FIG. 3 shows support plate 13 onto which the modules are placed in alignment with openings 27. The arrows show the current paths through the modules. The actual conducting area is quite large which offers a low impedance path for the high frequency or nanosecond current pulses necessary to drive the laser modules. Support plate 13 can be adjusted on rods 19 and secured by screws 29.
Referring to FIG. 4, there is shown a sectional elevation view of a module that shows one side that has a lower header 31 together with guides 33 and 35. A stack of gallium arsenide diodes are placed in the cavity which has a double conical configuration. Single diode 37 is shown mounted upon heat sink 39 which has a half-H configuration. Also mounted on heat sink 39 is dielectric spacer 41. The laser beam is projected in two directions as shown by the arrows. In the rear direction the beam is reflected by spherical mirror 43 enclosed by housing 45 which is secured to the headers by insulating screws 47. Gasket 49 is mounted between mirror housing 45 and the headers.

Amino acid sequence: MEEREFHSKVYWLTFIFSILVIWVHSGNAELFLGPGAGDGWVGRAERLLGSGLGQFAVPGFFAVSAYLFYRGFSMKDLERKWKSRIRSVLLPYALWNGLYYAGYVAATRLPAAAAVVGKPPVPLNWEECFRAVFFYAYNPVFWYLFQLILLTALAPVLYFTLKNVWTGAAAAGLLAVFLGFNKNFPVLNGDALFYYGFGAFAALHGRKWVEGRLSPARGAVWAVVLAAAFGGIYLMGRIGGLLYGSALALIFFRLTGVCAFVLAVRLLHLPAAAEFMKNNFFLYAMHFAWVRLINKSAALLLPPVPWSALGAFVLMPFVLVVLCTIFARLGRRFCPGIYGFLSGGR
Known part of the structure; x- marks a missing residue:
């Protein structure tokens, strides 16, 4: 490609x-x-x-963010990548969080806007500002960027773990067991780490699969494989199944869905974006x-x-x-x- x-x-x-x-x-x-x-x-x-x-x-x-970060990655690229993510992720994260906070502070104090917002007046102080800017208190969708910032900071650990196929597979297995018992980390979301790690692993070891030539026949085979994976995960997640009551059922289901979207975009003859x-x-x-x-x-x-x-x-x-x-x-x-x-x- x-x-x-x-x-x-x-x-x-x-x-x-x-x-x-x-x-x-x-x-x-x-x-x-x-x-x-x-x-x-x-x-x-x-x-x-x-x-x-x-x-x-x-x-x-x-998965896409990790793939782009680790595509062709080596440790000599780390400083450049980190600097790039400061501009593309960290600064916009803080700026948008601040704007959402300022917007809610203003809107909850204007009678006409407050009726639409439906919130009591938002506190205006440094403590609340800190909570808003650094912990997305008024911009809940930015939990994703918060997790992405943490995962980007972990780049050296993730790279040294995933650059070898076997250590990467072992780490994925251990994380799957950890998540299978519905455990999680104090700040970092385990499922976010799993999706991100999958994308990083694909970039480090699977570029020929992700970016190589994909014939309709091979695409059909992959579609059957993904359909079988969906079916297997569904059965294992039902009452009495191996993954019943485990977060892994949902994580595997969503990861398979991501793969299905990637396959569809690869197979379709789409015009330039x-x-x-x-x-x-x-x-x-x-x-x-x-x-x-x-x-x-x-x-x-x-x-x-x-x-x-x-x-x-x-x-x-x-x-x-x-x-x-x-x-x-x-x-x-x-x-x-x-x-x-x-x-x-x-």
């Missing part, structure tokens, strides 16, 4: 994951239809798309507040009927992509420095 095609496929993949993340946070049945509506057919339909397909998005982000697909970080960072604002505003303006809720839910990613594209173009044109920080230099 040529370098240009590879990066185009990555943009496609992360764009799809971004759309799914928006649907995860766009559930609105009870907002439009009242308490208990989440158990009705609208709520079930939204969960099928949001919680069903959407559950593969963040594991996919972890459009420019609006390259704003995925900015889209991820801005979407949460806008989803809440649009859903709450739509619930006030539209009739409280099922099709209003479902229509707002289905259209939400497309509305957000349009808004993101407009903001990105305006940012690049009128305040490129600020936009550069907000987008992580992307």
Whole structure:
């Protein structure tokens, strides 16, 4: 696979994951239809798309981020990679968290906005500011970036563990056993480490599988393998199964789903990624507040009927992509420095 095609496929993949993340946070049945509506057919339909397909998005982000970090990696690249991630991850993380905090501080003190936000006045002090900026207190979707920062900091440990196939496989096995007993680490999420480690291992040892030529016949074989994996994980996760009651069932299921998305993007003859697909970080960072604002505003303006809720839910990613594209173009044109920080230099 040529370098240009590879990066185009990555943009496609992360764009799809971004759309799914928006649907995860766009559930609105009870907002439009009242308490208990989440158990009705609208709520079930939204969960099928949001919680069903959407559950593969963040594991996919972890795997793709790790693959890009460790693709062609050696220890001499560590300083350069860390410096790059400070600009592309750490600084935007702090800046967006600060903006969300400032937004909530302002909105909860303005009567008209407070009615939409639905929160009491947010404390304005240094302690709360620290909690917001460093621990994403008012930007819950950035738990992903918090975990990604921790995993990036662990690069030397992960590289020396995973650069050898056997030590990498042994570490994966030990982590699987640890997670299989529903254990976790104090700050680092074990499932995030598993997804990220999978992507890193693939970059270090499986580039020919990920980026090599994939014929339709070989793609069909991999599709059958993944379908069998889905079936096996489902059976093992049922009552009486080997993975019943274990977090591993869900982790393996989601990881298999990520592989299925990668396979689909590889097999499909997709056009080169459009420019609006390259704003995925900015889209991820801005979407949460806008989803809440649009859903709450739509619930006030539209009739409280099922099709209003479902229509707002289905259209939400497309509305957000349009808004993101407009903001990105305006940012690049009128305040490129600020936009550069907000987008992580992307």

Mirror housing 45 is black anodized and electrically isolated from the laser array headers. Special 10 mil wall shrinkable tubing can be of a specified length and can be used as insulation for the screws.
A front view of the laser module is shown in FIG. 5. The location of the laser array is positioned with respect to the center line or optical axis 57. It is the image of the rear faces and the actual front face that form the overall or effective source size. As far as the field lens is concerned, the laser radiation from the effective source size determines the overall array beamwidth. Pressure pad 51 is essential to make good electrical and thermal contact to the laser array and is controlled by screw 53. A minimum pressure of a thousand atmospheres is normally required.
The laser diodes are placed in the region that juts out. The end headers (not shown) can be 5 mils thick and indium plated. The headers or heat sinks 39 in the rest of the array are 1 mil thick and also indium plated. Both can be made from OFHC copper that has been flattened. The heat sink is designed specifically for array applications. Dielectric spacers 41 provide electrical isolation of the heat sink or headers. Various materials, such as sapphire, insulating gallium arsenide, anodized aluminum with proper epoxy or thermal adhesives can be used for the spacers.